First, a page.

U.S. Pat. No. 4,325,804 (Everett et al.) also relates to the preparation of high quality, e.g., high viscosity index, base lubricating oils and white oils, particularly food grade white mineral oils, of suitable viscosity in high yield from a mineral oil distillate of suitable lubricating oil viscosity. The Everett et al. process comprises contacting the distillate with hydrogen in four catalytic stages. The first reaction stage employs hydrocracking conditions. Subsequent reaction stages employ hydrogenation conditions. The second reaction stage preferably employs a sulfur-resistant hydrogenation catalyst and produces a product suitable as a high quality lubricating oil base stock. The third reaction stage preferably employs a sulfur-resistant hydrogenation catalyst to obtain further aromatic saturation. The final stage employs a selective hydrogenation catalyst, optionally activated with a halogen, and produces a product suitable as a white oil, preferably a food grade white oil. Patentees' selective hydrogenation step is carried out at a temperature within the range of 500° F. to 575° F. and a pressure of 2,000 psig. to about 3,000 psig. The selective hydrogenation catalyst comprises a platinum group metal on an activated or calcined alumina.
While the above white oil preparation processes are acceptable, one of the problems arising from the preparation of white oils and particularly medicinal or food grade white oils is the formation of an unsightly waxy haze also known as solid paraffins during long-term low temperature storage. For instance, a refined oil can be prepared which is clear and bright and which has a satisfactory cloud point and pour point but upon storage at a low temperature above the cloud point a wax haze develops which makes the oil aesthetically unattractive and often commercially unacceptable.
Medicinal and food grade white oils must meet stringent U.S. Pharmacopoeia and Food and Drug Administration specifications. These specifications generally preclude blending of on-specification materials with off-specification materials. Thus the refiner has had few options other than to reprocess the off-specification material, for instance, by feeding it to a catalytic cracking unit.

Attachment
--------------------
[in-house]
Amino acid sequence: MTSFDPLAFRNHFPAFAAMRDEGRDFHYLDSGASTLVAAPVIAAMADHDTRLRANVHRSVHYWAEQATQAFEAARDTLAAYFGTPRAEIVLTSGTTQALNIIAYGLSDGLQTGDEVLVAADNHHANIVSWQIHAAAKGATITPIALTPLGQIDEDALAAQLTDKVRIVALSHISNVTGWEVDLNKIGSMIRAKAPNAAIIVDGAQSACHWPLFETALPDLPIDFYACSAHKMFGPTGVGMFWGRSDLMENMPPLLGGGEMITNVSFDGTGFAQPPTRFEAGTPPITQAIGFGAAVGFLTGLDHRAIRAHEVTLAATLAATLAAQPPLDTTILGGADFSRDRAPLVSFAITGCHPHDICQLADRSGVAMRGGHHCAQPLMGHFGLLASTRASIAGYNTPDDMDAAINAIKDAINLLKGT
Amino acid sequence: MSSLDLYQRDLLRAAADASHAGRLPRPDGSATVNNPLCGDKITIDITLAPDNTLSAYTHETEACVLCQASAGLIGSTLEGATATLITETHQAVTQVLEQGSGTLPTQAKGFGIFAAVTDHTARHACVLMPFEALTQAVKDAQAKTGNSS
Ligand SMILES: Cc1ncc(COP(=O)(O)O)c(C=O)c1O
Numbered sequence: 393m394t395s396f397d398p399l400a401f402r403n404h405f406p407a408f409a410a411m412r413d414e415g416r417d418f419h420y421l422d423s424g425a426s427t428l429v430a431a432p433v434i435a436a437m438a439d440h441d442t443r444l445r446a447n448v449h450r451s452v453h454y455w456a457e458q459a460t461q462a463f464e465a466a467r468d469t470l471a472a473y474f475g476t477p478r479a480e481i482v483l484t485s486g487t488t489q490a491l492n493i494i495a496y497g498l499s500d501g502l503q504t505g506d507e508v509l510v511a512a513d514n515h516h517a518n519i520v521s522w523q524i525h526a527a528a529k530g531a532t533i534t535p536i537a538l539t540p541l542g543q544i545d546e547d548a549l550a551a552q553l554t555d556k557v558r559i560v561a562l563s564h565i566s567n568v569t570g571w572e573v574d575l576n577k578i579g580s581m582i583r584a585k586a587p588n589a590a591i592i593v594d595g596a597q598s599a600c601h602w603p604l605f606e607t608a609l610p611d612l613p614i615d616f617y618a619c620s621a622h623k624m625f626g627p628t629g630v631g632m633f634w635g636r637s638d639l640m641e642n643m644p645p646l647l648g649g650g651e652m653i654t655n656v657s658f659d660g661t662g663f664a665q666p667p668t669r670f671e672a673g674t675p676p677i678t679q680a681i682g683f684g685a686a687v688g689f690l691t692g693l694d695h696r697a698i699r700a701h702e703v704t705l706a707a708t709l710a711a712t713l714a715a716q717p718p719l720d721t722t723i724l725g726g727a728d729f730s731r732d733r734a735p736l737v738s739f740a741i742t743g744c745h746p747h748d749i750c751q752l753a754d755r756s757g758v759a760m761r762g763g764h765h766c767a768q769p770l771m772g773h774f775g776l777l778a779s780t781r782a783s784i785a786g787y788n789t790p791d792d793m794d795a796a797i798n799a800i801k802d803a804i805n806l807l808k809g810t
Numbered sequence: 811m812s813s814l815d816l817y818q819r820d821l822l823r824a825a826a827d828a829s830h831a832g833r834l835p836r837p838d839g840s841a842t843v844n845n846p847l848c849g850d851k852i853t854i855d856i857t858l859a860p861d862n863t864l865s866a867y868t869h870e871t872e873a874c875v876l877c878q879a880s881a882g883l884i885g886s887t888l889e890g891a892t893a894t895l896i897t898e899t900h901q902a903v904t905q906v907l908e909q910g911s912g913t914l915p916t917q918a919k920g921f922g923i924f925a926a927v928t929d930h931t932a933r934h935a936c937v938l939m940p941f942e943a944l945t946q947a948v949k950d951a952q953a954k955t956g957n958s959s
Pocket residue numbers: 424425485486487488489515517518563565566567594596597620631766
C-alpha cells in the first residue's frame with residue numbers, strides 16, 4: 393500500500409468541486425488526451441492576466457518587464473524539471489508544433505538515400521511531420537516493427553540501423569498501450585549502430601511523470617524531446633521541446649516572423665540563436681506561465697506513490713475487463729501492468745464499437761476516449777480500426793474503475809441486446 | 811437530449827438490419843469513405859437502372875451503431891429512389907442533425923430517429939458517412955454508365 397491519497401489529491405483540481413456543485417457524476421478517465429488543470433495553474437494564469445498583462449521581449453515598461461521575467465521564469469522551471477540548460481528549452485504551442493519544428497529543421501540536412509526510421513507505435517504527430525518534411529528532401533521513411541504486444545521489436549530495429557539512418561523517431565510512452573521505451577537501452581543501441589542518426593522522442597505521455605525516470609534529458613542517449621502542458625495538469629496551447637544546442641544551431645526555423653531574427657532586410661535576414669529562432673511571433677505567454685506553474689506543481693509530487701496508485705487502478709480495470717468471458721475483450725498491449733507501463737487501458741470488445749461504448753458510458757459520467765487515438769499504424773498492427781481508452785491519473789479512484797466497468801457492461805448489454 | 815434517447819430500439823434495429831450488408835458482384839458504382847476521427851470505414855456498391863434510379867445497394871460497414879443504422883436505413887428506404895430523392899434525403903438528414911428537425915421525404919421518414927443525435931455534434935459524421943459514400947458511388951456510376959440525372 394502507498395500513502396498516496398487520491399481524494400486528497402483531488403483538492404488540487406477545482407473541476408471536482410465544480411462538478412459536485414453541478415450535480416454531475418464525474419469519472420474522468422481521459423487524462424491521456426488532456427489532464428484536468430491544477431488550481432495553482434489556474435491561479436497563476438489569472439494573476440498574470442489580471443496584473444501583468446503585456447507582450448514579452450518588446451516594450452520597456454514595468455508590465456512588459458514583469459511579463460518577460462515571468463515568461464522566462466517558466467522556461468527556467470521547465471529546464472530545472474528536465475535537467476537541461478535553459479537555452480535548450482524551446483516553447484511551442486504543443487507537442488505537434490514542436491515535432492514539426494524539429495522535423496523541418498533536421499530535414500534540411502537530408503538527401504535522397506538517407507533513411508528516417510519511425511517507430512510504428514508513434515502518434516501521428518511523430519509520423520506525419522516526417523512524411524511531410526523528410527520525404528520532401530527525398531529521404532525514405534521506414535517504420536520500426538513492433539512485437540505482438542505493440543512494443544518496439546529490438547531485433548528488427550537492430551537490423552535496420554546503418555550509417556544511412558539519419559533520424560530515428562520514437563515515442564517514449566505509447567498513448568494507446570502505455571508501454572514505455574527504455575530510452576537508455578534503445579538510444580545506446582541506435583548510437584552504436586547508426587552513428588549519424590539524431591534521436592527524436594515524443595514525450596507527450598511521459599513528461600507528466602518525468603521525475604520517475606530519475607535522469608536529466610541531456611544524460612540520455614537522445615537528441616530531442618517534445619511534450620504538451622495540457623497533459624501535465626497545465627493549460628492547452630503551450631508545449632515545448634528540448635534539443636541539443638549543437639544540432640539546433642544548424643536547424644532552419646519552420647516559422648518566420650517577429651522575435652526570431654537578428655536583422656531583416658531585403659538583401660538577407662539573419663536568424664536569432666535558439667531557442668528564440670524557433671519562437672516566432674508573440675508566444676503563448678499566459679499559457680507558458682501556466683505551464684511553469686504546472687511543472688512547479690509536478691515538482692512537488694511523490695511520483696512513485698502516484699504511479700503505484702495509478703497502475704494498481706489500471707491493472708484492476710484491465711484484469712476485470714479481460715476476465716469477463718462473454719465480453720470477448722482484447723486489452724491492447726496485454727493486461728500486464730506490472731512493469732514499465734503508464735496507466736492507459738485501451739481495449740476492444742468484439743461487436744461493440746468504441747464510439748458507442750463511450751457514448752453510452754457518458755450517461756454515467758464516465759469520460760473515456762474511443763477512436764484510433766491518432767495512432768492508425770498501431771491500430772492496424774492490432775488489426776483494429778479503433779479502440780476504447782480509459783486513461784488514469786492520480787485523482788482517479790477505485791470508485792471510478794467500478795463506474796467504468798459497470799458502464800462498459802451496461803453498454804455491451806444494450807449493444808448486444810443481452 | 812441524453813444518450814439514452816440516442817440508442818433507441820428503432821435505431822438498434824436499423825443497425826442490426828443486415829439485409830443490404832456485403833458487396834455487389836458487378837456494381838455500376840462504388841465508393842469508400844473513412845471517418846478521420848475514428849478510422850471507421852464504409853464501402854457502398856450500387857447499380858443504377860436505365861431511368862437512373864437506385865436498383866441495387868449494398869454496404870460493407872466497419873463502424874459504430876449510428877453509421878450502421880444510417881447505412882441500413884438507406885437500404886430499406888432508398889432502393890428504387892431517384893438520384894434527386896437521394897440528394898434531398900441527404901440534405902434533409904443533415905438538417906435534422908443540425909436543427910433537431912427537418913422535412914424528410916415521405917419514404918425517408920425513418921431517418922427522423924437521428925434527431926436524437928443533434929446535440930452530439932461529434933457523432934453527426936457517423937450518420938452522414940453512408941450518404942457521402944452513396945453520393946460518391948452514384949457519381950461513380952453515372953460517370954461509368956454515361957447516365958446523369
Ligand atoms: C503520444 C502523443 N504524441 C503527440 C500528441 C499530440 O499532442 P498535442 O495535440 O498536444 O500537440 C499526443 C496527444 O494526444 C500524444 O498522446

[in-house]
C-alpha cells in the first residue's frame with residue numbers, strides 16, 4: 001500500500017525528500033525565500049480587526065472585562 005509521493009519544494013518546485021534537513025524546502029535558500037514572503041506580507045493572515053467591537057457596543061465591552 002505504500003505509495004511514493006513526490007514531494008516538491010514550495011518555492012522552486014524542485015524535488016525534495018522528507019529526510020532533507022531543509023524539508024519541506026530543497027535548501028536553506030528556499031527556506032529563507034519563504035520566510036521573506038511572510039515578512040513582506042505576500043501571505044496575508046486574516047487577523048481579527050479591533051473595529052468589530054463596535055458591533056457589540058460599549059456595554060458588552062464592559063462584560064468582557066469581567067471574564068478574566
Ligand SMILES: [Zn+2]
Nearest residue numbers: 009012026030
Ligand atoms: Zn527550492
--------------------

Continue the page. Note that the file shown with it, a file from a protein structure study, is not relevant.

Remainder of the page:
When a refined product fails a haze test, it is particularly expensive for the refiner since the raw material and process costs have been expended to make the product. The amount of haze present e.g. typically less than 2 wt. % wax contaminant must be removed without impairing other properties and meeting the pertinent white oil specifications. In this connection, the Silk et al. process is unacceptable since its conditions produce products which do not meet the aromatics specifications for white oils. Specifically, the temperatures used in the Silk et al. process are too high to ensure hydrogenation of all aromatics. Temperatures above 500° F. change the equilibrium constraints, such that the presence of aromatics is preferred.
In any event there is a need for a process that will remove minor amounts of haze or solid paraffins from medicinal grade white oils or other technical grade white oils without an inordinate yield loss or detrimental effect on the other specified white oil properties.
Accordingly, it is an object of the present invention to provide a process to produce haze-free white oils. Another object is to provide a process for haze removal from a white oil whether technical or medicinal grade, which process provides a minimal yield debit, does not impair the white oils' other pertinent specifications, and remains haze-free for a long-term low temperature storage.
In one embodiment, the process of the present invention provides for a process for preparing a haze-free white mineral oil. This process involves contacting a dewaxed lube oil distillate with a sulfactive hydrogenation catalyst in the presence of hydrogen under hydrogenation and desulfurization conditions to produce a desulfurized effluent.
The hydrogenated effluent is then contacted in the presence of hydrogen with a hydrogenation catalyst. The hydrogenated effluent is then contacted with a dehazing catalyst comprising a Group VIII metal incorporated with a shape-selective molecular sieve component in the presence of hydrogen under selected hydrogenation conditions.
In a specific embodiment of the present invention, the sulfactive hydrogenation catalyst is disposed in a first reaction zone and the desulfurized effluent is passed to a second reaction zone which contains a physical catalyst mixture. This catalyst mixture contains about 50 to about 90 wt % of the hydrogenation catalyst and about 10 to about 50 wt. % of the dehazing catalyst.
In yet another embodiment, the process of the present invention involves dehazing a white mineral oil by contacting the white mineral oil with a dehazing catalyst comprising a Group VIII metal incorporated with a shape-selective molecular sieve component in the presence of hydrogen under selected hydrogenation conditions.